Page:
What you need to know:
His wife Joyce Odumbe told Nation that her husband arrived in Nairobi on November 9 and met one of his relatives.
Ms Odumbe said she got worried when the KCPE results were released last week by Education Cabinet Secretary George Magoha.
When Mr Moses Odumbe left his home in Karabondi, Homa Bay County on November 8, to mark this year’s Kenya Certificate of Primary Education (KCPE) examinations in Nairobi, his family hoped he would return home soon after the exercise.
However, this has not happened. The teacher at Kogana Primary in Rachuonyo North Sub-county allegedly switched off his phones after reaching the marking centre in Nairobi. Since then, his phone is still switched off and his family is yet to trace his whereabouts.
PHONE SWITCHED OFF
His wife, Mrs Joyce Odumbe, told Nation that her husband arrived in Nairobi on November 9 and met a relative.
“He spent the night at one of his relative’s house in Kikuyu Township before going to the KCPE exams marking centre at St George's Girls High School on November 10,” the mother of six said.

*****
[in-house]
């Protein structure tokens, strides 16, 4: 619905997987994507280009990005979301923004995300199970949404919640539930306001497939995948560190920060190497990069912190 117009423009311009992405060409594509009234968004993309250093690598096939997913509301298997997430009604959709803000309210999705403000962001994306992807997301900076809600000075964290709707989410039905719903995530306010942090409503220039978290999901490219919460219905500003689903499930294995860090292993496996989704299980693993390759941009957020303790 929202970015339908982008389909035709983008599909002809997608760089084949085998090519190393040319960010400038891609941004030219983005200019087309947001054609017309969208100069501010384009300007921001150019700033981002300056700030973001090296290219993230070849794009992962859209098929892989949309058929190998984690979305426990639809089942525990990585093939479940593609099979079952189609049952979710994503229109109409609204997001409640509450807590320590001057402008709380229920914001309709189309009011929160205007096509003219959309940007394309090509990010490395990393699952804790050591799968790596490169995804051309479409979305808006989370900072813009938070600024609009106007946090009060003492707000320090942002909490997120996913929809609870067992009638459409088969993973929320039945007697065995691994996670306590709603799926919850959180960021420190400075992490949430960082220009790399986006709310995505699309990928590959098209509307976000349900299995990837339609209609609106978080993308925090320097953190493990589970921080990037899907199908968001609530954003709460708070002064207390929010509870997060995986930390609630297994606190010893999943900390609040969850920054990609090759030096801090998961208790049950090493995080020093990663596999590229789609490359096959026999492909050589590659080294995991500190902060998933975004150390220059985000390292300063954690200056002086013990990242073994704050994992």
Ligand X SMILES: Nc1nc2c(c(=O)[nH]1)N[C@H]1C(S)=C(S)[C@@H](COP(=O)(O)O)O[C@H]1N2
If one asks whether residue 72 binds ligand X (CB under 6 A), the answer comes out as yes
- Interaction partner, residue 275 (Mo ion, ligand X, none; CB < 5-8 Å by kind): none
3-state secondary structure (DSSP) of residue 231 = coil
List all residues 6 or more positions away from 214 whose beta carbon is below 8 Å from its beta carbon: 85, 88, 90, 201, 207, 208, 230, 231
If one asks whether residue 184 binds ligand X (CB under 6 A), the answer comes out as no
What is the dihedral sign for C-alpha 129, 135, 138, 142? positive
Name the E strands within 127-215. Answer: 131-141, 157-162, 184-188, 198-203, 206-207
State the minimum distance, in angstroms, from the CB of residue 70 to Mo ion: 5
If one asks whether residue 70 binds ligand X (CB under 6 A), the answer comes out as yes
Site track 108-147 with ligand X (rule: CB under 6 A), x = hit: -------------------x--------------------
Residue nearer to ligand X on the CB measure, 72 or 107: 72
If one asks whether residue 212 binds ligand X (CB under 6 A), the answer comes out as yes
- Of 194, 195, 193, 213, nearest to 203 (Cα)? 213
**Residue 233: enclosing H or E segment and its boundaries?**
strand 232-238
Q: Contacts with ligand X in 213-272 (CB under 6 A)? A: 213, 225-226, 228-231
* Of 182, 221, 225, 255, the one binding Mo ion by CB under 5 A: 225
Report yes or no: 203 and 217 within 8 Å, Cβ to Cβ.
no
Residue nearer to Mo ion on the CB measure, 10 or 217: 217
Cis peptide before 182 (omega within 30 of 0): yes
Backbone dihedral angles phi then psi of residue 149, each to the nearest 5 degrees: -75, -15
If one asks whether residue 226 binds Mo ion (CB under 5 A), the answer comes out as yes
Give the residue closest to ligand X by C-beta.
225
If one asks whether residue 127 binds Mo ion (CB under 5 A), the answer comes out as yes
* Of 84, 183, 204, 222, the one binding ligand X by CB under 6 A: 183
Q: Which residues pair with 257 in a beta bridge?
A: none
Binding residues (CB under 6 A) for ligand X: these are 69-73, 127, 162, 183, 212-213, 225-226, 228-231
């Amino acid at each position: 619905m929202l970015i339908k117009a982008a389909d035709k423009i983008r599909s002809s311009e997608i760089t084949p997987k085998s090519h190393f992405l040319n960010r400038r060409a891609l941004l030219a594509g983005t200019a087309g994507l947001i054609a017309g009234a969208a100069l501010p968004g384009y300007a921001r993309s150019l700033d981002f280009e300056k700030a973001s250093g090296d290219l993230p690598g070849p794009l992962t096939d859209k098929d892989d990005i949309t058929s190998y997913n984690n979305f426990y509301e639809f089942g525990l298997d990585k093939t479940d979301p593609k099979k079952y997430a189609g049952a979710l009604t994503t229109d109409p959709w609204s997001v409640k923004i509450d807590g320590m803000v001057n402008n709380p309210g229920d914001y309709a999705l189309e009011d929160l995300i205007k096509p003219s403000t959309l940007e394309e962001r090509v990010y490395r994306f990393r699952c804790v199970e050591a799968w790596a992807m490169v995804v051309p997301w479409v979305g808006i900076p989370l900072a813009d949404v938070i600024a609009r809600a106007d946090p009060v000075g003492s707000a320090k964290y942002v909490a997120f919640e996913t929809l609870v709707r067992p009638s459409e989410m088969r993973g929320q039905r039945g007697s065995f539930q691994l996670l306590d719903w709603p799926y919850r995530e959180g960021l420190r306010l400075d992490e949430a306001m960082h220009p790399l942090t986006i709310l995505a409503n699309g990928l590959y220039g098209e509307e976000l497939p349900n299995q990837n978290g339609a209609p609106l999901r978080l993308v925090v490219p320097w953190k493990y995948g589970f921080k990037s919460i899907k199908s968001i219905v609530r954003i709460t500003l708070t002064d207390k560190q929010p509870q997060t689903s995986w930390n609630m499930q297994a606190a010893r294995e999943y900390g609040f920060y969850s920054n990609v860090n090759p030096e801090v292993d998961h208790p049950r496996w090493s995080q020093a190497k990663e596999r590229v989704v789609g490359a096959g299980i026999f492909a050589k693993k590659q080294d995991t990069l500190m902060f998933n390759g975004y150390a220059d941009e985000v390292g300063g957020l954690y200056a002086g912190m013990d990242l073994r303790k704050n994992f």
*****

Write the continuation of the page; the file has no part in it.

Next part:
Mrs Odumbe said her husband later left St George's.
The teacher is said to have communicated with one of his sons, a student at Jomo Kenyatta University of Science and Agriculture.
“I knew that their phones had to remain switched off during the marking exercise, so I was hesitant to communicate to him,” she said.
“I sent him text messages, which he did not reply,” she added.
Mrs Odumbe said she got worried when the KCPE results were released last week by Education Cabinet Secretary George Magoha.
“By the time the (KCPE) exam results were being released, my husband should have returned home because marking exercise had ended," she said.
The teacher’s family has been looking for him in Nairobi, without success.
His brother-in-law, Mr Collins Ochieng’, reported the matter to Kilimani Police Station in Nairobi while Mrs Odumbe did the same at Kendu Bay Police Station.
She blamed the Kenya National Examination Council (Knec) for not alerting her that her husband was missing from the marking centre.
She said that Knec should have notified her that her husband was not at the marking centre.
“If he signed in on the first day, but failed to return to the marking centre, Knec should have notified us that he was missing,” she said.